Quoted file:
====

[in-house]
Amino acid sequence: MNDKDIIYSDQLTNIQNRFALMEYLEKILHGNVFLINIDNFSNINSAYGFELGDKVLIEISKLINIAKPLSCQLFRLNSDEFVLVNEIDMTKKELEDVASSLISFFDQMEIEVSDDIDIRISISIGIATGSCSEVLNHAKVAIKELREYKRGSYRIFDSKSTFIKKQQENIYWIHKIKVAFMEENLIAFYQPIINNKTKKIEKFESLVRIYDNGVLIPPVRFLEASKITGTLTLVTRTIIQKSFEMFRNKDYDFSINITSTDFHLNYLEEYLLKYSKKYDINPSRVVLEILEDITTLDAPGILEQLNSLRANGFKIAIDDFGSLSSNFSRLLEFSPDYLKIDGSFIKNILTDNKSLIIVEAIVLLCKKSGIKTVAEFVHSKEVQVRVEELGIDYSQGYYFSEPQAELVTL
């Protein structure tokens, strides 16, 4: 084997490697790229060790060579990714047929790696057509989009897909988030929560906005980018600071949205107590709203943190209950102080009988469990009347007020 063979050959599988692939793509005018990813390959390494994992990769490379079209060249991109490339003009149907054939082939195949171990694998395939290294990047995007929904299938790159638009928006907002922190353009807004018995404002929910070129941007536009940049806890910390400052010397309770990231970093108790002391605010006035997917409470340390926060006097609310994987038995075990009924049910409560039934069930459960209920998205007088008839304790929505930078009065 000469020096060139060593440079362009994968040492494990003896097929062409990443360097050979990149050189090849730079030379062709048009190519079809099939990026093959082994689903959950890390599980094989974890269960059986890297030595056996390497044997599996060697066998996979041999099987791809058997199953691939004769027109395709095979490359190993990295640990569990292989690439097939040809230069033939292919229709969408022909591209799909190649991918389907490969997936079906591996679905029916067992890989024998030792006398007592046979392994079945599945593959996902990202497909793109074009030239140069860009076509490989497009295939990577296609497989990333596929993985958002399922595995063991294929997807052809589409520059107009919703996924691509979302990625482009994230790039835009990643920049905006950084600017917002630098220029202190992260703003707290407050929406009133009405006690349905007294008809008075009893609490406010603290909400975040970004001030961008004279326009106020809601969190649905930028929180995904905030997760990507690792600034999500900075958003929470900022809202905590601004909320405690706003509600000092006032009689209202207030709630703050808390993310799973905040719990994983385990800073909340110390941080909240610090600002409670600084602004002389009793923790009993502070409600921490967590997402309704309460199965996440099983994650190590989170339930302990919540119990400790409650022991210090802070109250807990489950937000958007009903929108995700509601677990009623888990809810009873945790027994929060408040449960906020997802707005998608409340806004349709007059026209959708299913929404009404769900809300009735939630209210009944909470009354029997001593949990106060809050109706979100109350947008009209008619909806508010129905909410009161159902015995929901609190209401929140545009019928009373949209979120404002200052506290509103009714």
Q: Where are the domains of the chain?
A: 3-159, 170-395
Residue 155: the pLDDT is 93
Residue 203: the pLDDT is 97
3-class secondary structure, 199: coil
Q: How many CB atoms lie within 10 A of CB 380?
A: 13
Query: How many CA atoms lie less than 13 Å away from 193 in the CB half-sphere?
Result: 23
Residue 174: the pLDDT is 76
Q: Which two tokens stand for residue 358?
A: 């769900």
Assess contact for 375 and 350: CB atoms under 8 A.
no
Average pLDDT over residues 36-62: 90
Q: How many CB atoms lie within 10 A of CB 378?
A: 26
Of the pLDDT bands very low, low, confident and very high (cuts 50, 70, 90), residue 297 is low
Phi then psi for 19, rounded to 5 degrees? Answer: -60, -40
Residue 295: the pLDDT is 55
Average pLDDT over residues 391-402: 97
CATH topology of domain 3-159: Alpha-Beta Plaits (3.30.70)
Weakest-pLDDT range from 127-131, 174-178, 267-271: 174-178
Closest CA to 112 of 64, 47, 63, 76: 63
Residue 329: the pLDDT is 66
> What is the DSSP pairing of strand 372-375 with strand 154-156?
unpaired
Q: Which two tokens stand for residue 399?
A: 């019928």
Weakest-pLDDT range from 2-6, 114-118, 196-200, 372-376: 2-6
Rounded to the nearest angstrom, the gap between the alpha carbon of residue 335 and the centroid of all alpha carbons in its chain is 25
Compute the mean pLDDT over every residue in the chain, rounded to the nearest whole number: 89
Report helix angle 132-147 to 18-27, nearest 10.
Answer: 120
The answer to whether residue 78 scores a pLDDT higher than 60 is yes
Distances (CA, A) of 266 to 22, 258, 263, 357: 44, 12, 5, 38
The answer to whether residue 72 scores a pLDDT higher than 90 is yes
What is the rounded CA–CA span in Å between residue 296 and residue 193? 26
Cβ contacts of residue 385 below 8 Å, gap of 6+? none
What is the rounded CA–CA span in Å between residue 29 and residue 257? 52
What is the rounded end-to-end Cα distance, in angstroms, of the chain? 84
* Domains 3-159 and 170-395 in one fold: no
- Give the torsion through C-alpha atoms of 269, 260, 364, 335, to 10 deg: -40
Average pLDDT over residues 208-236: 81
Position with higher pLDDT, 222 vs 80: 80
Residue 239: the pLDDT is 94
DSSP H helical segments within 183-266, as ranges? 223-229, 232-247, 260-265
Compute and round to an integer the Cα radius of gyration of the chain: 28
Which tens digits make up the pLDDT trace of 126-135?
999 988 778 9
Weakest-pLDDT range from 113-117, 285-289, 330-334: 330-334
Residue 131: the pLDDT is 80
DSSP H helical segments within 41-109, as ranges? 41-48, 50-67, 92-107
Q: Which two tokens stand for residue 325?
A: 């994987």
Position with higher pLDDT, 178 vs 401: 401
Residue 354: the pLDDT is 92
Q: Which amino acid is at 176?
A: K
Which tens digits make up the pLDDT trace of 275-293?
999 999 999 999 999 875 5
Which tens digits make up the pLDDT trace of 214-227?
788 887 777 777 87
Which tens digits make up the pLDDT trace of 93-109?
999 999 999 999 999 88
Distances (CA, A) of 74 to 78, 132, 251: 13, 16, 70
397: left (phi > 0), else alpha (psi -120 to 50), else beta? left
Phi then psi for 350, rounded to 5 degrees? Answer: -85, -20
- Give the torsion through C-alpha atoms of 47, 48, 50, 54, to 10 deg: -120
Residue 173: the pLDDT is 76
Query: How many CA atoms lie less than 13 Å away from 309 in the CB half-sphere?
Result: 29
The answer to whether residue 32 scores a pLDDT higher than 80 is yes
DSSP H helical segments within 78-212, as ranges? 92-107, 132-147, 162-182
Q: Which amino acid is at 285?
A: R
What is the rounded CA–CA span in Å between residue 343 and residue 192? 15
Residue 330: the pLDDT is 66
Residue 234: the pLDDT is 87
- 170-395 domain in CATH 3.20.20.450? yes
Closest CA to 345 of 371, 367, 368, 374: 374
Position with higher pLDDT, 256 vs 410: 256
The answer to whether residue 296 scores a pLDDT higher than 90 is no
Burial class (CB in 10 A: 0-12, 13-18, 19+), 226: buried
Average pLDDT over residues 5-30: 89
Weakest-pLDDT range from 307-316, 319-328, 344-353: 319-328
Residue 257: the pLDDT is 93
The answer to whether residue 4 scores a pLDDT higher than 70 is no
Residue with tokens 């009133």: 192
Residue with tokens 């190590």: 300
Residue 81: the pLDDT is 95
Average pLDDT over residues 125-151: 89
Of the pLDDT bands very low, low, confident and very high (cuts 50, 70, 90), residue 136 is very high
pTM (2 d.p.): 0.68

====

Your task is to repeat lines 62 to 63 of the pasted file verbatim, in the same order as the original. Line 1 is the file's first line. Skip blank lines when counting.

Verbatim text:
A: K
Which tens digits make up the pLDDT trace of 275-293?